Miguel D'Escoto requests a special Human Rights rapporteur for Honduras (my translation)
La Paz, 29 Ago. ABN.- The president of the United Nations General Assembly, Miguel D'Escoto, announced this Saturday in Bolivia that he would solicit the naming of a special rapporteur to report on the situation of human rights in Honduras, following the coup d'etat in that country.
See her most recent two posts, A response to criticism from coup supporters in Honduras and Burn Rate, a short but important piece copied below:
Friday, August 28, 2009
Since the Honduran military coup of June 28, 2009, I have been posting frequent translations of articles, official statements, rants, accords, blog posts, and other sundry notes. I have focused my blog posts these past months on first-hand accounts of the coup, because with all of the brilliant analyses coming from Hondurans (and from a few particularly astute outside participant-observers in Honduras), I feel at this stage it would be narcissistic and premature to privilege my own. Of course, that hasn't kept me from opining, as you know if you've been reading.
Originally published in Socialismo o Barbarie, periodical No. 156, 07/30/09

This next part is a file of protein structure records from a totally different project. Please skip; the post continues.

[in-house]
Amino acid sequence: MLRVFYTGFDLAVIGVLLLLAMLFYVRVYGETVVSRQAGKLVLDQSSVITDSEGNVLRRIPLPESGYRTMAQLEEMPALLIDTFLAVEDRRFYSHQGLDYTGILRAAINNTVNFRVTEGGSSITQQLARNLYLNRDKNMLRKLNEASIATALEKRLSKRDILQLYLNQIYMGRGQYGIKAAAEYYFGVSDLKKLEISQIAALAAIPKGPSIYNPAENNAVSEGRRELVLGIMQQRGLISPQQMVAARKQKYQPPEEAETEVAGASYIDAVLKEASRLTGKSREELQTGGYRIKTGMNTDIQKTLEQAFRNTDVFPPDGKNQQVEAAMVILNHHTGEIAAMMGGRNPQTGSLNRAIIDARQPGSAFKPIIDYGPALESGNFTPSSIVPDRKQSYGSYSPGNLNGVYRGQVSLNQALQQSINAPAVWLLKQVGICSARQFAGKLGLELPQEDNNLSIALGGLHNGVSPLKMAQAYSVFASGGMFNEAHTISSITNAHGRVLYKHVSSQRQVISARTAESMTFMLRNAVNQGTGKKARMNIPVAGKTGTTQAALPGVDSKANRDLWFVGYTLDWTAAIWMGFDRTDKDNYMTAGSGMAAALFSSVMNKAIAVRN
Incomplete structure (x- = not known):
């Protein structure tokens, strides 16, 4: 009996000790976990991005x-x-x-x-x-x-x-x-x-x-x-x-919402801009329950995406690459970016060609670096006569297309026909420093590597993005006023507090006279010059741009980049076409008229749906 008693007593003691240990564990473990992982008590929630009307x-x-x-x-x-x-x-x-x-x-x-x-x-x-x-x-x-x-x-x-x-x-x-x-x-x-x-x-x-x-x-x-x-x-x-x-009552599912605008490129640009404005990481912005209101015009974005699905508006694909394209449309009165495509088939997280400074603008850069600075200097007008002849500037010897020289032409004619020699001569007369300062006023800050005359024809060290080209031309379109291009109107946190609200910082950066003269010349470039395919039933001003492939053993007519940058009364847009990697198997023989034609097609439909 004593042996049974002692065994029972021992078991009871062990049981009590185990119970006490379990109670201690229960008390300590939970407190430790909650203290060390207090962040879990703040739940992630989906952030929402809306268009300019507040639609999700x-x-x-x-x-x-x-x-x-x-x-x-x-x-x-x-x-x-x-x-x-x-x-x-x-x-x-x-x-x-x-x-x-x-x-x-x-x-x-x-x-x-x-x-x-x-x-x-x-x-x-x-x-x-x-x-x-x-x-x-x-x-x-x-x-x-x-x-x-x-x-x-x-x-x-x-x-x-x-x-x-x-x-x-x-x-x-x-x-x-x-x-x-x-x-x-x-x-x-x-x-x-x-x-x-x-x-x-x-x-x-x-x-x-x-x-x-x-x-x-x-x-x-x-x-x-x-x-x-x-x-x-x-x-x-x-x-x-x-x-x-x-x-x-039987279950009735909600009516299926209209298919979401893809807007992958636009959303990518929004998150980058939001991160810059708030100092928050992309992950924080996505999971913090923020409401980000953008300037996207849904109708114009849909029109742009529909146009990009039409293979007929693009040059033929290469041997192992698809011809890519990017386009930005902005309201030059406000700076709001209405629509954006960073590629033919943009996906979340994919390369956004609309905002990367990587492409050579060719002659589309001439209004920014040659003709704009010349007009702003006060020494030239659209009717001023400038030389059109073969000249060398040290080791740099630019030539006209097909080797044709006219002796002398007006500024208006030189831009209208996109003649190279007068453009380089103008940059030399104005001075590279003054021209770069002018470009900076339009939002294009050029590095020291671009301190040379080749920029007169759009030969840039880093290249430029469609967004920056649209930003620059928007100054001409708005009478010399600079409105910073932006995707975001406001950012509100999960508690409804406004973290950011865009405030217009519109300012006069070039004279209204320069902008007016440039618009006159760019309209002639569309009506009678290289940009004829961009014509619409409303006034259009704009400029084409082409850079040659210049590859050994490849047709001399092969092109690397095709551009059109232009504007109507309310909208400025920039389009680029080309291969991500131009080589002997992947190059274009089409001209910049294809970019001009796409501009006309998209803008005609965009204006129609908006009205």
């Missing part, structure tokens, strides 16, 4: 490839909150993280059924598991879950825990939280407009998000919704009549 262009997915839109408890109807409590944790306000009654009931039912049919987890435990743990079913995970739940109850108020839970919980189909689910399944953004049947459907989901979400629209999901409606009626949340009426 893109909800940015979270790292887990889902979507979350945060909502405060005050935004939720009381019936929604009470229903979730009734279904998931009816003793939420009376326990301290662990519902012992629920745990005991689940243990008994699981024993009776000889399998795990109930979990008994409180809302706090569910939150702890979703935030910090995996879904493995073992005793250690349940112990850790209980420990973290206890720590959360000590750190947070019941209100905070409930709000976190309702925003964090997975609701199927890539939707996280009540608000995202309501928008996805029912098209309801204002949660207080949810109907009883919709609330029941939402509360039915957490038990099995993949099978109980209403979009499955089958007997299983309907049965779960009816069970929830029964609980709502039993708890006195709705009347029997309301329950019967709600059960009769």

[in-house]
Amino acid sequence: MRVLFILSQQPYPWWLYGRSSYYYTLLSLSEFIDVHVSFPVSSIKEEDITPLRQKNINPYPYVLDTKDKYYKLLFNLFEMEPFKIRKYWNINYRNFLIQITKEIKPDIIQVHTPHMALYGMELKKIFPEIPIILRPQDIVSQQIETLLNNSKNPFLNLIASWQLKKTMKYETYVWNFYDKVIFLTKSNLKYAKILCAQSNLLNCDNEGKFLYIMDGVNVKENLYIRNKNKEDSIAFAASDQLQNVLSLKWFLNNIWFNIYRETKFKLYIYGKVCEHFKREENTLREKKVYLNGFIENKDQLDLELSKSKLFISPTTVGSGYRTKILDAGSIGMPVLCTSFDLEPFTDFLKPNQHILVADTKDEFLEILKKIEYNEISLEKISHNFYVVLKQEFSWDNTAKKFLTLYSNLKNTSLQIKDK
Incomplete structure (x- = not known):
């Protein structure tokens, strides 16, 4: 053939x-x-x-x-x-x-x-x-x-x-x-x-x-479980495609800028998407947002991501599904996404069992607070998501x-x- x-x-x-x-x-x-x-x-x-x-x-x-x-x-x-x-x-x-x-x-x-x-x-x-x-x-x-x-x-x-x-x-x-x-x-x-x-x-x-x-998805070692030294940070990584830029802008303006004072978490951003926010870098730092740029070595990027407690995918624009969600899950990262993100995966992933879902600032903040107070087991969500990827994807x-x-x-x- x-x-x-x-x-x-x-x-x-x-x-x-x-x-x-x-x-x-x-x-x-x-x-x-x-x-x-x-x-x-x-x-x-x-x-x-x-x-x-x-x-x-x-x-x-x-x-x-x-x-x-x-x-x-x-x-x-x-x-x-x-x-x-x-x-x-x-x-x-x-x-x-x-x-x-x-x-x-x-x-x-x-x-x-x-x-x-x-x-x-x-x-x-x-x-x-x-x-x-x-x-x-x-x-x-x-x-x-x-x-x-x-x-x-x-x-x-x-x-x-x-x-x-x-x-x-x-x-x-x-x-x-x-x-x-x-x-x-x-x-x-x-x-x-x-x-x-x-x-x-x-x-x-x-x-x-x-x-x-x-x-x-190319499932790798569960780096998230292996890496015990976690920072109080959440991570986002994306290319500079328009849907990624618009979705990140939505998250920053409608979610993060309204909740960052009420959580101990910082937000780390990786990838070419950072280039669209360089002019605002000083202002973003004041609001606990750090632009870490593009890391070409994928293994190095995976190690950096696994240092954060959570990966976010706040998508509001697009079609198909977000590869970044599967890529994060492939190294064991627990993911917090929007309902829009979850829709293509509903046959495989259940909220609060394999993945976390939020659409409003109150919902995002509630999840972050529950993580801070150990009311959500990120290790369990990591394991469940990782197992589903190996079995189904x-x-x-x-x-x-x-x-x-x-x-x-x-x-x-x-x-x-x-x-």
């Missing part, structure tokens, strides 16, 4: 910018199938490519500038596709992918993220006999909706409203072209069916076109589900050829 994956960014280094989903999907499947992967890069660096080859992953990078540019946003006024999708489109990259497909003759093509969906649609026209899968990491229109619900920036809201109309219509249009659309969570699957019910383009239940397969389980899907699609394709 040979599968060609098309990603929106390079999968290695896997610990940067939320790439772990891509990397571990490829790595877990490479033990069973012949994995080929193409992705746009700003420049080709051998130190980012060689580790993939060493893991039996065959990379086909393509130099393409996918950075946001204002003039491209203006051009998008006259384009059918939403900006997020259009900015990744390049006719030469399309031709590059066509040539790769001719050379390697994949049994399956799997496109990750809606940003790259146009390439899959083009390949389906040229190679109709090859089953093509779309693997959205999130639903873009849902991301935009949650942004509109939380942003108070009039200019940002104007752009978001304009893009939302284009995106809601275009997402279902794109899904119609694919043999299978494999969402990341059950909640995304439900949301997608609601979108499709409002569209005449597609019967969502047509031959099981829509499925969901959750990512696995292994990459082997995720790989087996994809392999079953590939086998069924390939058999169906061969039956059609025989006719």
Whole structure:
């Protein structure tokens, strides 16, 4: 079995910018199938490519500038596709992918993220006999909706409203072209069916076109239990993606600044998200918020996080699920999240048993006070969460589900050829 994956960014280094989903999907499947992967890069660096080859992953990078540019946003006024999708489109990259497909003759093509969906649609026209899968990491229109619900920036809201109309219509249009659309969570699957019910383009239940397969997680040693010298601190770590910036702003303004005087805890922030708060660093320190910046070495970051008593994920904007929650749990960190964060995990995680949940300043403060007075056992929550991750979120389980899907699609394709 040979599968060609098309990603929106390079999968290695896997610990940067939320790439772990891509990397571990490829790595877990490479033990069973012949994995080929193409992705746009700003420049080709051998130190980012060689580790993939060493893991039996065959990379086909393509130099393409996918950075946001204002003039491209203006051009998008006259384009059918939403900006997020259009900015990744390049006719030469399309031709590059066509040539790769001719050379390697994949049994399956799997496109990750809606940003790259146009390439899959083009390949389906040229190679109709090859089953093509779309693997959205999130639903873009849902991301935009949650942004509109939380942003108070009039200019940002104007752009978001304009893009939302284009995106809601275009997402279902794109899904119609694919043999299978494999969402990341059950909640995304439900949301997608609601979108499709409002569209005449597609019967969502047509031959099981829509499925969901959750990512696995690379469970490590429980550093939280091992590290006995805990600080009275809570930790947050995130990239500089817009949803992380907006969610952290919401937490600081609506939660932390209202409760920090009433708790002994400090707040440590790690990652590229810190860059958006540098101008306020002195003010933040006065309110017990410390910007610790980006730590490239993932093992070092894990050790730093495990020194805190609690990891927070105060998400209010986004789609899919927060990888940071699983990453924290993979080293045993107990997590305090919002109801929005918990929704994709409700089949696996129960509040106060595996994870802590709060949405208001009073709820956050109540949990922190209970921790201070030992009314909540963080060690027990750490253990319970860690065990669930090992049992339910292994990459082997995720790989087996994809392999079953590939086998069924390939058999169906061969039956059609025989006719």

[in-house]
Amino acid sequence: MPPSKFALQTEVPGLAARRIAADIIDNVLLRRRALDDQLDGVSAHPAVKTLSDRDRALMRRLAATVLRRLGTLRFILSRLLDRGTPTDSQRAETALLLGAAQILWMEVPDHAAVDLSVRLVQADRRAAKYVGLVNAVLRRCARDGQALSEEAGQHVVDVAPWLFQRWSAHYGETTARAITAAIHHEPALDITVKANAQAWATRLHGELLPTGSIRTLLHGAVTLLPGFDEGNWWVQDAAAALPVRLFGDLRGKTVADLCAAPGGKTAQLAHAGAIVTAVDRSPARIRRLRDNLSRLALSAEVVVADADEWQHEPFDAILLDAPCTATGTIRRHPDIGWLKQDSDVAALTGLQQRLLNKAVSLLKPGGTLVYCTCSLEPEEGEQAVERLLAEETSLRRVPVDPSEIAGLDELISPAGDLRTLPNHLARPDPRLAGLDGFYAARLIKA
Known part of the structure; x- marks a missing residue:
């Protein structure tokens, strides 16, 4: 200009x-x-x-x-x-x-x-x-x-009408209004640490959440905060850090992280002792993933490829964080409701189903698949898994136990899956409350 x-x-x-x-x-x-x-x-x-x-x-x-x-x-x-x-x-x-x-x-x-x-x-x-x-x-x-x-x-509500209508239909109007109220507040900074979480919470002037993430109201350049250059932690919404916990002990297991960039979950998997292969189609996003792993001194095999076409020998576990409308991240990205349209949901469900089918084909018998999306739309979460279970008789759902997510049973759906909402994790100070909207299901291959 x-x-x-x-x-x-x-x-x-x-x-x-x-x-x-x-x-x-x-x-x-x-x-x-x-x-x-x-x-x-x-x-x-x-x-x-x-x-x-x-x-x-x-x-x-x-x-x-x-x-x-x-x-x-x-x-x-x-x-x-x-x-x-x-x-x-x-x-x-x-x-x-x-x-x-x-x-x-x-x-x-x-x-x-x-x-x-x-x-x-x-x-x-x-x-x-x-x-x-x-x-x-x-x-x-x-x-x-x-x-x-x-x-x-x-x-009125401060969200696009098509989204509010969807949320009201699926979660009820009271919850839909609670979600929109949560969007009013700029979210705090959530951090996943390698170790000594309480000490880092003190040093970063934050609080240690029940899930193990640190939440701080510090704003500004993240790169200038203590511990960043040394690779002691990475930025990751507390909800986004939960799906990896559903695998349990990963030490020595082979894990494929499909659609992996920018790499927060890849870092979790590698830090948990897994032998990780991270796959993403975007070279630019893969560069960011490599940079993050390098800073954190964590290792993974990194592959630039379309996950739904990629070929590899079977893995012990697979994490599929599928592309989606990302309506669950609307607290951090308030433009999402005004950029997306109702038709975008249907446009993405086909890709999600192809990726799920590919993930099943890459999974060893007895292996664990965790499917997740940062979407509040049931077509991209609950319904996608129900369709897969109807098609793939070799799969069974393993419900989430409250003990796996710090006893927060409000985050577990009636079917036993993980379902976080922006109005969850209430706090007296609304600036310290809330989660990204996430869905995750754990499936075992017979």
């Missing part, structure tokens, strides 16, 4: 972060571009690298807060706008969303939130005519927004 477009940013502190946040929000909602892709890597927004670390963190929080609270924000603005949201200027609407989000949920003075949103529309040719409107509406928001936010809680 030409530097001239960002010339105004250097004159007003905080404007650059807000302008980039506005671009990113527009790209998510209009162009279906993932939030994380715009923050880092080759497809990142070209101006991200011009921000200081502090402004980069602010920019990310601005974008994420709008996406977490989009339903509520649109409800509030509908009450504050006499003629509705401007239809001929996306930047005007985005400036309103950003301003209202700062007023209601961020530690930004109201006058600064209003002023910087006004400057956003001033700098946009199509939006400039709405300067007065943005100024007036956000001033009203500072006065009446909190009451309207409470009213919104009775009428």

Notes from the Resistance:
Honduras needs a general strike
By Santiago, Socialist Workers' Party of Costa Rica, member of SoB stream, From Honduras in the struggle against the coup, 07/26/09, translation by María Soledad Cervantes
The Honduran people’s fight against the military coup fulfills all the requirements to be qualified as heroic. As these lines are written, we have counted 29 days of continued mobilizations against the coup leaders and, notwithstanding hundreds of arrestees and scores of casualties --injured and dead- caused by military repression, the Honduran people are not desisting from their struggle against the de facto regime and for the restoration of Mel Zelaya.
Trinity Historian Turned Cultural Guardian Standing Up To New Honduran Regime, from the Hartford Courant
ARTICLE AUTHOR PABLO DELANO, also a Trinity professor, shares a drink with Darío A. Euraque recently. The two are collaborating on a book about Honduras. (HANDOUT / August 29, 2009)
I'm in the middle of another translation, so can't do this one right now, but the physical battle against critical thought keeps getting uglier. The employees of the national library and cultural institutes have been steadfastly resisting the militarization of these centers led by de facto Minister of Culture Myrna Castro, using poetry, art and non-violent direct action as their weapons. In return, they are being beaten, in some cases savagely, and worse.
Just a quick note to say that I have been in Honduras since Sunday to talk to various counterparts about the crisis and alternative proposals to get out of the crisis. As of this writing, my thoughts are the following: